(Asthmatic Kitty; 2009)

By Conrad Amenta | 6 May 2009

In the odd and rare intersection of the music critic and action hero I do occasionally get to stand on the rubble of so many slagged albums and see one with character and real personality emerging, love interest-like, from the rubble, and I get to say by way of response in my gravelly man voice, “This is what makes it all worthwhile.” No, really: if the stultifying, formulaic plot of a critic’s daily existence is the 50%s and 60%s that are doled out like so much shrapnel to the musical equivalents of faceless henchmen, then the occasional redemptive listen—like the rare three-dimensional character in aforementioned action movie—is an infusion of personality that connects and makes this whole experience go.

You see, though Cryptacize is a perfectly likable band, I didn’t much like their debut. Though I admitted that the group showed a lot of promise and that I looked forward to their next effort, I know that—like so many of the placeholders uttered in the aforementioned action movie that is my daily critical adventure—the statement was unabashed optimism at best, admittedly obscured by a tone of resolutely measured expectations tempered by idealism. Bands whose debut album isn’t very good almost never come back with a follow-up that stunningly exceeds it. But here I am with Mythomania, my golden MacGuffin, and so I find myself reconsidering Dig That Treasure (2008) and rescripting that album into something more fundamental than flawed. If I step out from behind the assumption that a debut album contains all of a band’s best ideas, those that have been gestating and worked out for years, and the sophomore album isn’t simply the sound of the same band writing under pressure in a truncated time period, then I’m rewriting the whole damned approach to music mapping. Maybe there’s a reason Sufjan “My Vision Outstrips My Abilities” Stevens sees something special in Cryptacize and took them under his hit-or-miss Asthmatic Kitty wing.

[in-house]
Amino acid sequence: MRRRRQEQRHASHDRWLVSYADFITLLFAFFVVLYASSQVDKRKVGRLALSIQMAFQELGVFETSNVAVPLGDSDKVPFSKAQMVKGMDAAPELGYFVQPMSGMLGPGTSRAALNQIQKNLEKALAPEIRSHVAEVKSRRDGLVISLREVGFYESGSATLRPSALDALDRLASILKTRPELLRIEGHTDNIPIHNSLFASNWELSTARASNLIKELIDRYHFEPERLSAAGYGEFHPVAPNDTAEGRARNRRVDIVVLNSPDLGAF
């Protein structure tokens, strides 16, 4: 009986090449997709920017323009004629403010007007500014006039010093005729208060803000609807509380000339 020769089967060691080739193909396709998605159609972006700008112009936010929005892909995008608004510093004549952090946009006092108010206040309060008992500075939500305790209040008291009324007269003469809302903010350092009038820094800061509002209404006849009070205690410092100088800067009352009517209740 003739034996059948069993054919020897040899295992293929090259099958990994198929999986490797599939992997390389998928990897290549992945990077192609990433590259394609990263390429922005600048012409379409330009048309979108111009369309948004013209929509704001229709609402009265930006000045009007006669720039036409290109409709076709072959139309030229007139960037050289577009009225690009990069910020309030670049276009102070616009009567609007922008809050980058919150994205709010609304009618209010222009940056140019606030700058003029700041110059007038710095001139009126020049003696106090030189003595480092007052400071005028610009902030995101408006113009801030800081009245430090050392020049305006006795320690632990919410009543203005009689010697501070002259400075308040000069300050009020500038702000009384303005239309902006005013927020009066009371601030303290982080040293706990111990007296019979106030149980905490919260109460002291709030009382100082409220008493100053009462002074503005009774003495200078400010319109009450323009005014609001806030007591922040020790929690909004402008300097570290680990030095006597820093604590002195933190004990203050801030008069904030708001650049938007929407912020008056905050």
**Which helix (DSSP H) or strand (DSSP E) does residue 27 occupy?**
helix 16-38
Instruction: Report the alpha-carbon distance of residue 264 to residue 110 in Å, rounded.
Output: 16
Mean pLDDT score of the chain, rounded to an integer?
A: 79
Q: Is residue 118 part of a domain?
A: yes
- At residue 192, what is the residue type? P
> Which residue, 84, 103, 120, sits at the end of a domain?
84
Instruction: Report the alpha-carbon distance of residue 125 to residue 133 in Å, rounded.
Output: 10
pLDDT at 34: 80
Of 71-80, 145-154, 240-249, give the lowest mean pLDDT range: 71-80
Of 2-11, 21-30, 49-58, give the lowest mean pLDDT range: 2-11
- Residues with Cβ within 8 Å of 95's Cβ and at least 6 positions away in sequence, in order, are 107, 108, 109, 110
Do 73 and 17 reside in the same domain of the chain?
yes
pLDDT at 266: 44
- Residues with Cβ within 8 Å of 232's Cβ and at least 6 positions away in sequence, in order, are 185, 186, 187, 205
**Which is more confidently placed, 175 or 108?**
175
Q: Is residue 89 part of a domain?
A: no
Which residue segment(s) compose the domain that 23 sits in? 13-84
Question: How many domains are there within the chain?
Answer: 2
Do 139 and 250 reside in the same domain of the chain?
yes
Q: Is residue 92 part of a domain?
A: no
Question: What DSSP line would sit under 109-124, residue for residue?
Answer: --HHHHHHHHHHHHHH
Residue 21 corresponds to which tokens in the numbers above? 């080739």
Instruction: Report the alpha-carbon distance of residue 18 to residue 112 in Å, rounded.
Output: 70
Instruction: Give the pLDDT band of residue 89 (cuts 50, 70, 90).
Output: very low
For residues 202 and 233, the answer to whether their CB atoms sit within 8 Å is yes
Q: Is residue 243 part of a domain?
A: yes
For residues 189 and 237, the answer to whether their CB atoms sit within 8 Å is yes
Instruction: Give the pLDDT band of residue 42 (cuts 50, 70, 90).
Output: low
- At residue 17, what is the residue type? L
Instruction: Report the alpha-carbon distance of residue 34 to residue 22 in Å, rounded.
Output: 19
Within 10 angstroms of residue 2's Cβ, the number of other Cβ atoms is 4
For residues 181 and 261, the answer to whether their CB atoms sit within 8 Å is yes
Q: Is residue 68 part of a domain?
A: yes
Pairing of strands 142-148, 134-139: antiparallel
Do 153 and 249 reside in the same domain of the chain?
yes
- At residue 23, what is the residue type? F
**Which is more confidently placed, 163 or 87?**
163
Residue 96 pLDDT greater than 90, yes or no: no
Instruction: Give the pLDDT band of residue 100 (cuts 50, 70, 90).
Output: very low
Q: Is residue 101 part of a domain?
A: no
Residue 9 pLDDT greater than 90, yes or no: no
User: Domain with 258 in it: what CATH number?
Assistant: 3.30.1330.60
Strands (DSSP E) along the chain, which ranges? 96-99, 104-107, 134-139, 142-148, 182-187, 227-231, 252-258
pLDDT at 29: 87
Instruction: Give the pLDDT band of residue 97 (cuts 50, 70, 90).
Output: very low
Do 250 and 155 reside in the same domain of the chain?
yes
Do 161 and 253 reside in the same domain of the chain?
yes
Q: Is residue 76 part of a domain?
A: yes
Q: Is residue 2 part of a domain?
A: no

Or maybe Sujan just knew that when you’ve got former Deerhoof guitarist Chris Cohen in the mix a band is eventually bound to stumble across something neat. The irony, or stupidly obvious statement, is that Cryptacize is not all that cryptic. Their appeal is obvious. Thus, part of my problem with Dig That Treasure was that it lent itself so readily to the quick listen, and unraveling it just left a pile of bandages on the floor, all wounded confessions and Nedelle Torrisi’s exposed vocals as the band seemed to cycle mindlessly on without ever building to anything. While Mythomania doesn’t necessarily punch its way out of that paper bag, the album does feel more immediate, its melodies are more memorable, and the songs do occasionally allow themselves to become more ragged. It’s as if Dig That Treasure, for all its pleasantness, overthought itself into primary colors. Mythomania, coming just a year later, allows itself to sound slightly flawed and hurried either on purpose or because it actually was written with urgency. It’s a much more engaging listen for it.

Torrisi still sounds like she’s standing on a barstool in a busy city street looking out over the heads of an indifferent crowd. “Tail & Mane” takes the stuff of the band’s immaculately tailored scope and ever so pleasingly tweaks it slightly larger, allowing Torrisi’s chase narrative to take pleasing shapes and new importance. When she builds (and there’s those elusive dynamics) to a refrain, “If I could find my way back to you,” it takes on the character of the world-weary and fresh-faced rather than the echo chamber of every other song to have ever used that sentiment. The title track, like the album, personifies aspects of AM radio truly difficult to pull off, especially when touching on authenticity is like striking oil in your backyard. “The Cage” is a percussive, reverb-laden ditty—both deserving of that terminology and actually quite a bit better than Camera Obscura, who seem cast onto a dead sea of syrupy strings and canned horns. This is the confident and spotless study of musicianship that I’d like to think I always knew Cryptacize had in them.

The band does still seems like it’s on the verge of something a little larger than itself, playing scrimmage and pitching us softies from the comforts of home field rather than striking boldly into the wastelands of genre-play. And it’s probably hoping too much for a band with such minimalist (and charming) tendencies to throw its hacksaw to the winds just for the sake of braving a broader set of critical talons. But the trio is suggesting with some temerity a cosmopolitan tenor I’d love to see splayed out more fully. It’s for this progress that I’m rewarding Cryptacize with my ardor, glad that they’re giving me another reason to keep believing, keep fighting, keep typing. Actually, Mythomania makes them something like my hero.